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Mauritius – a land of opportunities for foreign investors

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Mauritius – a land of opportunities for foreign investors

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3 min read

For over a decade now, since Mauritius first introduced its business facilitation legislation, the country has been open to foreign nationals – not only those seeking employment as professionals, but also those coming to invest in the country.

Whether for its local market – limited in size but with high purchasing power and a sizeable tourist influx – or for its guaranteed access to the EU, US or Africa through existing trade agreements, Mauritius is attracting a growing number of noncitizens as investors.

Mauritius’s political and social stability, its sound legal, financial and business ecosystem, and the availability of a skilled and bilingual labour force have long been sought-after qualities of this island nation. It’s quite astonishing to think that, when it gained independence from Britain in 1968, Mauritius was a mono-crop economy relying solely on sugar. Now it’s ranked persistently first in Africa on the World Bank Doing Business Survey, and also on the Economic Freedom Index of the Heritage Foundation. The country’s favourable business ecosystem is mirrored in a range of opportunities across a wide array of economic sectors.

Though for some years now real estate, financial and insurance activities and the construction sector have attracted the bulk of the island’s foreign direct investment, the range of opportunities cuts across a wide spectrum of sectors: agriculture, education, healthcare, ICTBPO (information and communication technology & business process outsourcing), life sciences, logistics, manufacturing, media and creative industries, ocean economy and renewable energy. There is no restriction to the types of businesses foreign investors may operate, except for certain tourism-related activities that are restricted to Mauritian nationals.

The promotion of foreign investment in Mauritius is the responsibility of the Economic Development Board (EDB), previously known as the Board of Investment. The EDB will advise and assist all prospective investors and accompany them through all the stages of their application for an occupation permit – a combined work and residence permit that allows foreign nationals to work and live in Mauritius for a period of three years. South African nationals can also seek assistance from the South African Chamber of Commerce in Mauritius. They work closely with EDB and their members to ease the setting up of South African businesses on the island. According to EDB, there are currently 125 South African-owned companies active in Mauritius across a wide range of sectors.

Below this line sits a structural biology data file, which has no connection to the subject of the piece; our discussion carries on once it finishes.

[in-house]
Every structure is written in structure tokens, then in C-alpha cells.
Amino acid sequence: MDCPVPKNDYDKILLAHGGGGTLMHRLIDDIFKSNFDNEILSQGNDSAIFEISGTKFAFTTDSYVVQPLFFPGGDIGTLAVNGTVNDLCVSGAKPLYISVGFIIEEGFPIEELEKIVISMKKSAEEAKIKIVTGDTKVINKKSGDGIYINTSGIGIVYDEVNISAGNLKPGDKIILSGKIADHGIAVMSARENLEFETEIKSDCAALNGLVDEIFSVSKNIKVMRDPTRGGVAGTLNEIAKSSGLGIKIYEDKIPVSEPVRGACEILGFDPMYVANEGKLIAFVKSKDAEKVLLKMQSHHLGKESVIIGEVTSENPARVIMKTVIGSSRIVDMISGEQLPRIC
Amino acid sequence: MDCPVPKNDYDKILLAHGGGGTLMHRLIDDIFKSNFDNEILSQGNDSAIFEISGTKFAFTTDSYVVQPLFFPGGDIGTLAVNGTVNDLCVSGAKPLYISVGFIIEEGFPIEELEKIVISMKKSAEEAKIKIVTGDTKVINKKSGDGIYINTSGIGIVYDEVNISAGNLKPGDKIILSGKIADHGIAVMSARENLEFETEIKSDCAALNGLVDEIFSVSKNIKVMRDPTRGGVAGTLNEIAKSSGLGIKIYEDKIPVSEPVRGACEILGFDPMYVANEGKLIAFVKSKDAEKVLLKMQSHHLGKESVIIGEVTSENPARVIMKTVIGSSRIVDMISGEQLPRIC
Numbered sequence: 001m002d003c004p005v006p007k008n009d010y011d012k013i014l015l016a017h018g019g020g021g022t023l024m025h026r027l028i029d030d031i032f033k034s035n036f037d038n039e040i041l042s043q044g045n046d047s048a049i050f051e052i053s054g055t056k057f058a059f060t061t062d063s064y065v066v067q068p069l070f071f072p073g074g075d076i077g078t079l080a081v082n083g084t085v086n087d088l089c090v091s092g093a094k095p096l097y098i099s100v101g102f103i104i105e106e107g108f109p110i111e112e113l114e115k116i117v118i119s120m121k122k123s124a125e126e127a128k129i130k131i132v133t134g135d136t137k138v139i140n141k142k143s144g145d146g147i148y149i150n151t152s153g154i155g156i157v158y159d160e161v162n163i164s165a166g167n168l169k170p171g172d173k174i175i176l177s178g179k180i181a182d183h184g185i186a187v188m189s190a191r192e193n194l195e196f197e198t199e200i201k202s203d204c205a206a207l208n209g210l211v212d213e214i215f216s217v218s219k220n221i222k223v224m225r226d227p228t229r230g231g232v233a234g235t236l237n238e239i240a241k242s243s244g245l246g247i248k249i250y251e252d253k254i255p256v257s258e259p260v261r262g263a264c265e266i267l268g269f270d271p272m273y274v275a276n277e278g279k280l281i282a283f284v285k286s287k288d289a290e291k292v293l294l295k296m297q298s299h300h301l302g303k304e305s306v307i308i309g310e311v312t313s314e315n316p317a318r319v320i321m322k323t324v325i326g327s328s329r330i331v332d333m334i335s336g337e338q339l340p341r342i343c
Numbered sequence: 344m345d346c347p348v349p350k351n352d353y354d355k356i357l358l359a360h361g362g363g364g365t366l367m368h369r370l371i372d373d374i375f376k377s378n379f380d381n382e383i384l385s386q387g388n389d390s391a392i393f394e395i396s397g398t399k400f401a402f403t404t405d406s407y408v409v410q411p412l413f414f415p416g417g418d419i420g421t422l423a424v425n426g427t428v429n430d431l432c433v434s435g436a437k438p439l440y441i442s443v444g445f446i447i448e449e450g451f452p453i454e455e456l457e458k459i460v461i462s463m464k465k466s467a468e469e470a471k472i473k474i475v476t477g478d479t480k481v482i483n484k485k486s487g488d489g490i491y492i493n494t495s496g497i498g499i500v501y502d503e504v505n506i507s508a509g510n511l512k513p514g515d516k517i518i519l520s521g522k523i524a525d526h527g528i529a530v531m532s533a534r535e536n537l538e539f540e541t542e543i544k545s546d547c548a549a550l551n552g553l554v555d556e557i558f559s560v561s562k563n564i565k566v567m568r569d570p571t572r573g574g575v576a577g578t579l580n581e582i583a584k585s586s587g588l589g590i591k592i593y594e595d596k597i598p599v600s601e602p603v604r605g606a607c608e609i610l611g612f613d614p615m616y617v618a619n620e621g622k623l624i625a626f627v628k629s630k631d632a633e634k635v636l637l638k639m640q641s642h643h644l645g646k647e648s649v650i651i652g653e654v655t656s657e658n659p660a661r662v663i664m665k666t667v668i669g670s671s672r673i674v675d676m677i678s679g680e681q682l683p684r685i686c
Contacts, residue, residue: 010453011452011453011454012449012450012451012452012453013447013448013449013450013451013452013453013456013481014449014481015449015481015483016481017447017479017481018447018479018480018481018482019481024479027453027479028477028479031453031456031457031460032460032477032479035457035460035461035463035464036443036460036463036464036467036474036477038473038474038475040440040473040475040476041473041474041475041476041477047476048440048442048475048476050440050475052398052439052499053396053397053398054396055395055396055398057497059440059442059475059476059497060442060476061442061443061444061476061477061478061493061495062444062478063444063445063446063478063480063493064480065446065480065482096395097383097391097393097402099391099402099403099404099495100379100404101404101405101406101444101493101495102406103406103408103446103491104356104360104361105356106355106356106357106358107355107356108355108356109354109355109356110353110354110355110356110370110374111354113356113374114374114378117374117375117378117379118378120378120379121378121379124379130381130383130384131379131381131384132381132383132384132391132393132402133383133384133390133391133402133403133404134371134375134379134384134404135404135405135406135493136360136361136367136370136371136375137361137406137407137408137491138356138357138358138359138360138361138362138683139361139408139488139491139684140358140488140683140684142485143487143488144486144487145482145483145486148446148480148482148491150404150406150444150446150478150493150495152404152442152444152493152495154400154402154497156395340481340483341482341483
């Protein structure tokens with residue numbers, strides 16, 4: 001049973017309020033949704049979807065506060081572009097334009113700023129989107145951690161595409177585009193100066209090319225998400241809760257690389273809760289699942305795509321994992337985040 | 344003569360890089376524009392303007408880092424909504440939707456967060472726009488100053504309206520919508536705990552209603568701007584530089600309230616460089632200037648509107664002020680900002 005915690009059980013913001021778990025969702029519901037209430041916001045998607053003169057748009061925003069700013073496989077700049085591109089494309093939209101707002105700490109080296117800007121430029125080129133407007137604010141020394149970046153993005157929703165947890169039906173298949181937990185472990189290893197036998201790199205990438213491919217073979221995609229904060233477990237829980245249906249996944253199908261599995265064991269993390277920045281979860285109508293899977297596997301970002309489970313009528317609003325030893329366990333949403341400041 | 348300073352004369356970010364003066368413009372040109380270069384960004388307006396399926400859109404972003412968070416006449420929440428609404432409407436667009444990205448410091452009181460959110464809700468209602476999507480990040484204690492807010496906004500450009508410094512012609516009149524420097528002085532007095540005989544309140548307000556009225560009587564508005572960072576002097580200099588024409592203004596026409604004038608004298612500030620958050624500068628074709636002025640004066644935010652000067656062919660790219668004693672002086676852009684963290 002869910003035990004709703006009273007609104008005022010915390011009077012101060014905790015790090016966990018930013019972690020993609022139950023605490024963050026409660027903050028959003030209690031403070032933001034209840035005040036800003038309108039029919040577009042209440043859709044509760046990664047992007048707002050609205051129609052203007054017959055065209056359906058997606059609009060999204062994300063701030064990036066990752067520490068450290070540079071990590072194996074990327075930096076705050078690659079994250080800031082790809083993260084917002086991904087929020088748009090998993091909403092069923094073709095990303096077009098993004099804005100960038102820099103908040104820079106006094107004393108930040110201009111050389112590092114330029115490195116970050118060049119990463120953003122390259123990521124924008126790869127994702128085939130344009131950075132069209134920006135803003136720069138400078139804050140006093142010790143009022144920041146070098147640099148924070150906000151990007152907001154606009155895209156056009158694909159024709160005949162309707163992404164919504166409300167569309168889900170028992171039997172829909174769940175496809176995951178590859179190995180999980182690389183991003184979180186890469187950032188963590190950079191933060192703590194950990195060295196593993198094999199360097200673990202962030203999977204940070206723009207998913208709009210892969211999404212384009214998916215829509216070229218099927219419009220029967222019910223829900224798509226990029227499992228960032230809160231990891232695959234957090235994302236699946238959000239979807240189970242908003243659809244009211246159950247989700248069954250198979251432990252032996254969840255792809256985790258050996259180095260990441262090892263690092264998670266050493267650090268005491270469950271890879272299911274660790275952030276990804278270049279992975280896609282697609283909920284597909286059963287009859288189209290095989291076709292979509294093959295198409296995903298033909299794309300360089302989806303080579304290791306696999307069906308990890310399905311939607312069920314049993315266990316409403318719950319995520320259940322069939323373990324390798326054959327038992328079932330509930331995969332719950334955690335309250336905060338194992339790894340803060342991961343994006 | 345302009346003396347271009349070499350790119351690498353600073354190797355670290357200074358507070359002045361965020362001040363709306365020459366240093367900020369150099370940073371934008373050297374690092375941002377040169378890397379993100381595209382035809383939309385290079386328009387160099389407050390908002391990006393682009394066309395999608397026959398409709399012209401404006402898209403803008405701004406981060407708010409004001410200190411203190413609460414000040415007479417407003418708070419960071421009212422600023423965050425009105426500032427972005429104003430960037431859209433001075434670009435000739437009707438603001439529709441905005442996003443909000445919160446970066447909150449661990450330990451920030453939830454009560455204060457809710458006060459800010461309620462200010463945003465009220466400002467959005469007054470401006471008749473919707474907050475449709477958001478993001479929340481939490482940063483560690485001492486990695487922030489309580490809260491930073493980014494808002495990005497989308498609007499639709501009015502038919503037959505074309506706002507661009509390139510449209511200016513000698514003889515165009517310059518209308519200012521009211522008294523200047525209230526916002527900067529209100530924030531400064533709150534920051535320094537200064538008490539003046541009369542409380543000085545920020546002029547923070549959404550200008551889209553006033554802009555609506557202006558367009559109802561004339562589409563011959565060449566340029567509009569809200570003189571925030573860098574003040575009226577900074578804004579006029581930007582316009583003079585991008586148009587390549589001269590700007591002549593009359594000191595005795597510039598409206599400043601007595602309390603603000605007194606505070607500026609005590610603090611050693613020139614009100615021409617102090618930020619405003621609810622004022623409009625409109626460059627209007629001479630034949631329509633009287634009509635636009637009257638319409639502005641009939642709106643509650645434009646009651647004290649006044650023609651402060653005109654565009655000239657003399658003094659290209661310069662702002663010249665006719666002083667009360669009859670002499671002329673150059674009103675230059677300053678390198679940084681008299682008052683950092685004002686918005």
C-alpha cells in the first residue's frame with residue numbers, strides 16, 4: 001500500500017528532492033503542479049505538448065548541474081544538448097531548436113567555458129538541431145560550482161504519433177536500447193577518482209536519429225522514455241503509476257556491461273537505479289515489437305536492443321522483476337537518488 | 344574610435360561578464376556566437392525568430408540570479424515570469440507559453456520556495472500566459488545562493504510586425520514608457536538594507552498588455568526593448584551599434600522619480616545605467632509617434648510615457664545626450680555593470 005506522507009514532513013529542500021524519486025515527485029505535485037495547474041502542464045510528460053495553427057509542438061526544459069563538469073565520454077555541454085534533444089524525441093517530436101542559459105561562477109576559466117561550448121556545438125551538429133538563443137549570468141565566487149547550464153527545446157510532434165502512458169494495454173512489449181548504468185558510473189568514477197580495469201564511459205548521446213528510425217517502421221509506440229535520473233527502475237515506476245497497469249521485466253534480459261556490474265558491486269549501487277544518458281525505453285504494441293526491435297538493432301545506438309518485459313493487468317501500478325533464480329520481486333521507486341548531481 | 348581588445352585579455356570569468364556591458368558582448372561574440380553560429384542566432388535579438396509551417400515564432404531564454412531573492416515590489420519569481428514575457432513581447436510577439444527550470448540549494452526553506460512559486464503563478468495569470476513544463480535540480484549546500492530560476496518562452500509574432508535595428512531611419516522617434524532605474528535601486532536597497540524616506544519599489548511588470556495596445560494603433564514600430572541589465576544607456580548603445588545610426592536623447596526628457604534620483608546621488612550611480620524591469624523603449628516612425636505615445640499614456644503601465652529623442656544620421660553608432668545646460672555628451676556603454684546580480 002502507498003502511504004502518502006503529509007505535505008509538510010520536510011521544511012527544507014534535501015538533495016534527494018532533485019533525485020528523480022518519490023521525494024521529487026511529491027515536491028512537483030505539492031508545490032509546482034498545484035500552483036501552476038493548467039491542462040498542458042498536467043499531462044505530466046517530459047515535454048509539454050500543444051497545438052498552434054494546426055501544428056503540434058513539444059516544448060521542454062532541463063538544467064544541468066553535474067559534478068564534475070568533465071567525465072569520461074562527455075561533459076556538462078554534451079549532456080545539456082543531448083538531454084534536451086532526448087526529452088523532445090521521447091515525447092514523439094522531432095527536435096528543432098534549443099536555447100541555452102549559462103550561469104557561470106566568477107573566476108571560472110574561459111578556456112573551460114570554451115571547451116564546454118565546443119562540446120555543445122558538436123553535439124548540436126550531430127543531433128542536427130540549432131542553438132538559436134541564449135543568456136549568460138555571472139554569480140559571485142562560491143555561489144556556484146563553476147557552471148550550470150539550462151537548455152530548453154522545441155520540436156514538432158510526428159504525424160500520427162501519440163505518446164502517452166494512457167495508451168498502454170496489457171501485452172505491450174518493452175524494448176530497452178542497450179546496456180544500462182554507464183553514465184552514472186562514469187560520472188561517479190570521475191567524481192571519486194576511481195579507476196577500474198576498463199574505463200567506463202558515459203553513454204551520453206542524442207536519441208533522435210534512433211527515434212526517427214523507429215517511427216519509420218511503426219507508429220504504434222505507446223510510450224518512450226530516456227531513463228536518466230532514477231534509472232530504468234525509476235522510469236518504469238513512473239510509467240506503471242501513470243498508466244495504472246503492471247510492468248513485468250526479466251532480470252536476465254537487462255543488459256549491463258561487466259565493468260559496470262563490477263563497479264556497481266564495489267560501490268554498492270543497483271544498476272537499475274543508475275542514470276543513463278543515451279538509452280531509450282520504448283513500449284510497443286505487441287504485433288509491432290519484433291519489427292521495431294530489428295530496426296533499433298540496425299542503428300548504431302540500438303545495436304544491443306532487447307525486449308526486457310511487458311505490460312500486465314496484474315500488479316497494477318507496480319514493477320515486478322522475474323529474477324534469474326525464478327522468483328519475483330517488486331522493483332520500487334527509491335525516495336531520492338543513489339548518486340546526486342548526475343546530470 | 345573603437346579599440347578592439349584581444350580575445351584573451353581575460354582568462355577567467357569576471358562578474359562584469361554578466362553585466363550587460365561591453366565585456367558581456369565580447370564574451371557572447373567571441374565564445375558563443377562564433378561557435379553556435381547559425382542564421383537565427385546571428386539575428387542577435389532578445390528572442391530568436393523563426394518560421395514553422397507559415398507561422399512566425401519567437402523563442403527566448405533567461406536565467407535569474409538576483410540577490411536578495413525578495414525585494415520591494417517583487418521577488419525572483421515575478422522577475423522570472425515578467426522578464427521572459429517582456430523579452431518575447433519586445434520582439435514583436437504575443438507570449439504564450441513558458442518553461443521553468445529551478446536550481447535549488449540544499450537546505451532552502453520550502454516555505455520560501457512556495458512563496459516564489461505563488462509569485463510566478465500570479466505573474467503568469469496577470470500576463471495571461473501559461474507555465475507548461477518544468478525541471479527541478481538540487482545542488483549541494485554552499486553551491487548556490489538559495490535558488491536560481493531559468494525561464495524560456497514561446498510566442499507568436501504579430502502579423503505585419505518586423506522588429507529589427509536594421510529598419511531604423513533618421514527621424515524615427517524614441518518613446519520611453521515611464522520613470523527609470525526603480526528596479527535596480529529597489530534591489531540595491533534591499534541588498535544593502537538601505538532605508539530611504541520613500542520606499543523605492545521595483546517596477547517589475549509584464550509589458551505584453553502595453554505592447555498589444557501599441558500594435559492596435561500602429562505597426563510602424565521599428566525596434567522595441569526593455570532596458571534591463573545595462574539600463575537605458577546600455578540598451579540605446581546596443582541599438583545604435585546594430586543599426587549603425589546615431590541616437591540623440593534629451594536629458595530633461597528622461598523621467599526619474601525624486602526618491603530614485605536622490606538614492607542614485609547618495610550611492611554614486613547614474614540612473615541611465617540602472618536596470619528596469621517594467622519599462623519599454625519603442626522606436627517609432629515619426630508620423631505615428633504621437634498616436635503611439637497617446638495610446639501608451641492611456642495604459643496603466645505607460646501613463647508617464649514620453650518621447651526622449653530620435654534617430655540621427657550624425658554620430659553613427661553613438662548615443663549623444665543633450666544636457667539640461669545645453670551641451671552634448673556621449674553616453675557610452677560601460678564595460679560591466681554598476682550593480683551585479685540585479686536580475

Conditions applicable to foreign investors

An investor is defined as a shareholder and director in a company incorporated in Mauritius under the Companies Act of 2001. Companies can be 100% foreign-owned, and do not have any minimum capital requirement. A foreign investor will be required to make an initial transfer of US$100,000 or its equivalent in any other convertible currency into the account of the company under which the application for the occupation permit will be made. Subject to provisions in force, the investor’s business activity should generate an annual turnover of at least MUR 2 million* for the first year, and a cumulative turnover of at least MUR 10 million for the subsequent two years. A company may have more than one investor. However, the initial investment and annual turnover requirements will be a multiple of the number of investors.

An investor wishing to bring in high-tech machinery and equipment as part of the investment of US$100,000 must transfer a minimum of US$25,000 or its equivalent, and the remaining balance in terms of high-tech machinery and equipment. Applications for an occupation permit are submitted to the Occupation Permit Unit, which is managed jointly by EDB and the Passport & Immigration Office. Successful applicants will first be issued with an Approval in Principle, and non-citizens will only be required to travel to Mauritius after the issue of the Approval in Principle.

ABAX can assist you through all the stages of setting up your business in Mauritius, freeing your valuable time. We will help to incorporate your company, assist you in finding the right location, recruit your workforce, and look after your ongoing administration to ensure you are fully compliant with our legal and regulatory framework. As our clients grow, we also accompany them through their lifecycle, providing them with tailored business and advisory services, including financial accounting and control, and corporate finance advisory.

As Mauritius achieves its ambition to become a high-income country over the next two decades, with ever more emphasis on diversifying its economic base, investment opportunities will continue to emerge and attract a growing number of foreign investors. With the island’s quality environment offering excellent work-life balance, no wonder so many foreign investors aspire to become permanent residents.

*1 ZAR = 2.55 MRU (subject to change)


For more information, please contact:

Nousrath Bhugeloo

Alan Witherden
Country Representative
Southern Africa

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1 Comment
  • Dave
    Posted at 09:12h, 14 Aug Reply

    Not sure how long ago this article was posted, but your cover photo is of Auckland Harbour, not Mauritius.

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